A Short Guide to Overcome Feeling Powerless

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Feeling powerless is easy. It comes naturally to us. It’s understandable. In the larger scheme of life, we’re tiny insignificant specks. No one is truly larger than life.

We can even feel invisible and ineffectual in our own little slice of the universe—a country, community, family, or workplace.

So, what’s the point?

What I do (or don’t do) may not have a point—to the outside world. But that doesn’t mean I’m helpless. Paradoxically, creating an identity that I’m powerless is in itself a powerful, albeit destructive, choice.

If we have the ability to turn off our own power and sink into apathy and despair, we should be able to turn the light back on.

Stepping out of a powerless mentality doesn’t involve a lot of steps. But it has two crucial, and not so easy, requirements:

  • Awareness of the choices we’re making
  • Flexibility in how we see ourselves and the world

The following three ideas, if adopted, will cause a shift in the way we think about our ability to act.

As I’ve been facing my own doubts and inaction, I’ve been using the guidelines below to change how I think about my ability to choose.

These are simple reminders. But they go against deep beliefs and social norms. So, you need to be relentless in working with them.

1. Feelings are signals—not commandments.

Feeling powerless happens to almost everyone. Life is much bigger than any, or all, of us.

Painful feelings are signals that something’s out of alignment with our truth and values. They’re not commandments to be followed blindly.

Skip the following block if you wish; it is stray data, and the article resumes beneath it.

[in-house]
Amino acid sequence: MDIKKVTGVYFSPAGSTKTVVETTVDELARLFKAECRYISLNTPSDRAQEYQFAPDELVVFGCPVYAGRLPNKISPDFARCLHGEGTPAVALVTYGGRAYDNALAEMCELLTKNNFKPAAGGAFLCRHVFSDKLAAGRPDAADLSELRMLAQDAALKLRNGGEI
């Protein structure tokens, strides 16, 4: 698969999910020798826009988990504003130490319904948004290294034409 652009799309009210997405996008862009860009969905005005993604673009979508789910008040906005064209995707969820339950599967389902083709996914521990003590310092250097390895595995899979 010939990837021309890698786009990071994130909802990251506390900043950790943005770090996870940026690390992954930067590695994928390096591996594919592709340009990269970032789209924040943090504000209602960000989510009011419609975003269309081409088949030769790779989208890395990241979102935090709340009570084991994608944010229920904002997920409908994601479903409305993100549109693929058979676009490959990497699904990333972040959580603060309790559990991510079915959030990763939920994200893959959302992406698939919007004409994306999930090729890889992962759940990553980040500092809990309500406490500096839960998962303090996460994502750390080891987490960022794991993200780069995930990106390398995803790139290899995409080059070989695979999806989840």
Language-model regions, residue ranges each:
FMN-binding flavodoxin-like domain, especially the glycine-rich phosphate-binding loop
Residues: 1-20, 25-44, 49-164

It’s okay to feel helpless—as long as we don’t internalize the feeling and turn it into an identity that warps our reality. Or worse, fight how we feel and create more needless pain.

When we recognize that feelings happen, we simply feel the sensations till they subside and go on with our lives, without being dragged down by negativity.

Every time you feel you can’t do anything, take a moment to breathe. Then shift your focus to a choice you can make right now.

2. Binary choice: we always have at least two options.

In any situation, we always have at least two options to choose from: yes, and no.

You can choose to do, or not do, something. You can choose to say, or not say, something. You can choose to believe, or not believe, something. It’s always your call.

You can vote for a candidate, or not. You can read an article, or not. You can support a local business, or not. It’s your choice—regardless of the outcome.

You can take action to support yourself, or someone else. You can stop doing something to support yourself, or someone else.

Each yes, or no, comes with its consequences. One option, or both, may not be pleasant. But the choice among the two options is still ours.

3. Outer power is the result, not the cause.

When we look at the outside world, we get the impression that only a few people make the decisions that matter. Financial wealth, political influence, social status, or fame appear to be the source of power. But they’re not.

Any form of outer power is only the result of inner power exercised constantly.

Power comes from individual conscious choices repeated consistently over time.

Saying yes to taking a ten-minute walk may not be a big deal. But do it daily for a year, and it will transform your life.

The same principle applies to any choice.

No single choice matters that much. But the cumulative effect of many small choices is what makes anything in life happen.

You many not change the world. You may not even matter to anyone else. But you are definitely significant to you.

Your choices will make a difference in your life. And that’s the whole point, and the ultimate manifestation of inner power.

So, when you feel helpless and dejected, ask yourself this question, and keep asking it:

Would I rather live a helpless, or an empowered life—even if it’s only for me?

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